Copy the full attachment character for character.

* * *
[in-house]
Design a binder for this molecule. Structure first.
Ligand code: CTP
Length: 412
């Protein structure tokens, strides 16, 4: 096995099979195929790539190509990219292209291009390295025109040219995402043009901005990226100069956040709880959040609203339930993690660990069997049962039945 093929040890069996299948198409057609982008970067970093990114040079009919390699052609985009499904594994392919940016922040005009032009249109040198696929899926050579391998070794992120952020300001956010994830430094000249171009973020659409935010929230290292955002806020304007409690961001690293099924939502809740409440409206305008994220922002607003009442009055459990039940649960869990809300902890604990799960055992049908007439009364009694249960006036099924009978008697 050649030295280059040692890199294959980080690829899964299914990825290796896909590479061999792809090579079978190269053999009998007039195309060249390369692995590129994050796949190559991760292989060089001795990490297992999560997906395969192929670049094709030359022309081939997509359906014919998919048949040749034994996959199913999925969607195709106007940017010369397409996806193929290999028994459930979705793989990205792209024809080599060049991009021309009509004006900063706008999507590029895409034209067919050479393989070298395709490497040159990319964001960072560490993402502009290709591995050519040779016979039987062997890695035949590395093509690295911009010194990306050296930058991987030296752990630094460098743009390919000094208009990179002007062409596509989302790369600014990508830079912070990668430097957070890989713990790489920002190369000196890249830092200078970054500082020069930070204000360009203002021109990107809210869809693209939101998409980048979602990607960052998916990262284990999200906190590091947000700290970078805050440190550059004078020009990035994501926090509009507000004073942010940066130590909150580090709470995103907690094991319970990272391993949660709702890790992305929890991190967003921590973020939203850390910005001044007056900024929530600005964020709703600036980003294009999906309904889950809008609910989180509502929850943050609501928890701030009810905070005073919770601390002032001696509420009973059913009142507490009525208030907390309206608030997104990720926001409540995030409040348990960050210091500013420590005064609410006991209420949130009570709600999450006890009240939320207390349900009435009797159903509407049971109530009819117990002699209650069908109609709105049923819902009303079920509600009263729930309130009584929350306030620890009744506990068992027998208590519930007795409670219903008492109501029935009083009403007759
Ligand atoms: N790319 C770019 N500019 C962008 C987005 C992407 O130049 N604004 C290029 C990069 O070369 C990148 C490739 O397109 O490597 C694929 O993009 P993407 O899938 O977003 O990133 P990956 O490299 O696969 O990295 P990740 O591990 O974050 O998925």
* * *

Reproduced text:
[in-house]
Design a binder for this molecule. Structure first.
Ligand code: CTP
Length: 412
């Protein structure tokens, strides 16, 4: 096995099979195929790539190509990219292209291009390295025109040219995402043009901005990226100069956040709880959040609203339930993690660990069997049962039945 093929040890069996299948198409057609982008970067970093990114040079009919390699052609985009499904594994392919940016922040005009032009249109040198696929899926050579391998070794992120952020300001956010994830430094000249171009973020659409935010929230290292955002806020304007409690961001690293099924939502809740409440409206305008994220922002607003009442009055459990039940649960869990809300902890604990799960055992049908007439009364009694249960006036099924009978008697 050649030295280059040692890199294959980080690829899964299914990825290796896909590479061999792809090579079978190269053999009998007039195309060249390369692995590129994050796949190559991760292989060089001795990490297992999560997906395969192929670049094709030359022309081939997509359906014919998919048949040749034994996959199913999925969607195709106007940017010369397409996806193929290999028994459930979705793989990205792209024809080599060049991009021309009509004006900063706008999507590029895409034209067919050479393989070298395709490497040159990319964001960072560490993402502009290709591995050519040779016979039987062997890695035949590395093509690295911009010194990306050296930058991987030296752990630094460098743009390919000094208009990179002007062409596509989302790369600014990508830079912070990668430097957070890989713990790489920002190369000196890249830092200078970054500082020069930070204000360009203002021109990107809210869809693209939101998409980048979602990607960052998916990262284990999200906190590091947000700290970078805050440190550059004078020009990035994501926090509009507000004073942010940066130590909150580090709470995103907690094991319970990272391993949660709702890790992305929890991190967003921590973020939203850390910005001044007056900024929530600005964020709703600036980003294009999906309904889950809008609910989180509502929850943050609501928890701030009810905070005073919770601390002032001696509420009973059913009142507490009525208030907390309206608030997104990720926001409540995030409040348990960050210091500013420590005064609410006991209420949130009570709600999450006890009240939320207390349900009435009797159903509407049971109530009819117990002699209650069908109609709105049923819902009303079920509600009263729930309130009584929350306030620890009744506990068992027998208590519930007795409670219903008492109501029935009083009403007759
Ligand atoms: N790319 C770019 N500019 C962008 C987005 C992407 O130049 N604004 C290029 C990069 O070369 C990148 C490739 O397109 O490597 C694929 O993009 P993407 O899938 O977003 O990133 P990956 O490299 O696969 O990295 P990740 O591990 O974050 O998925």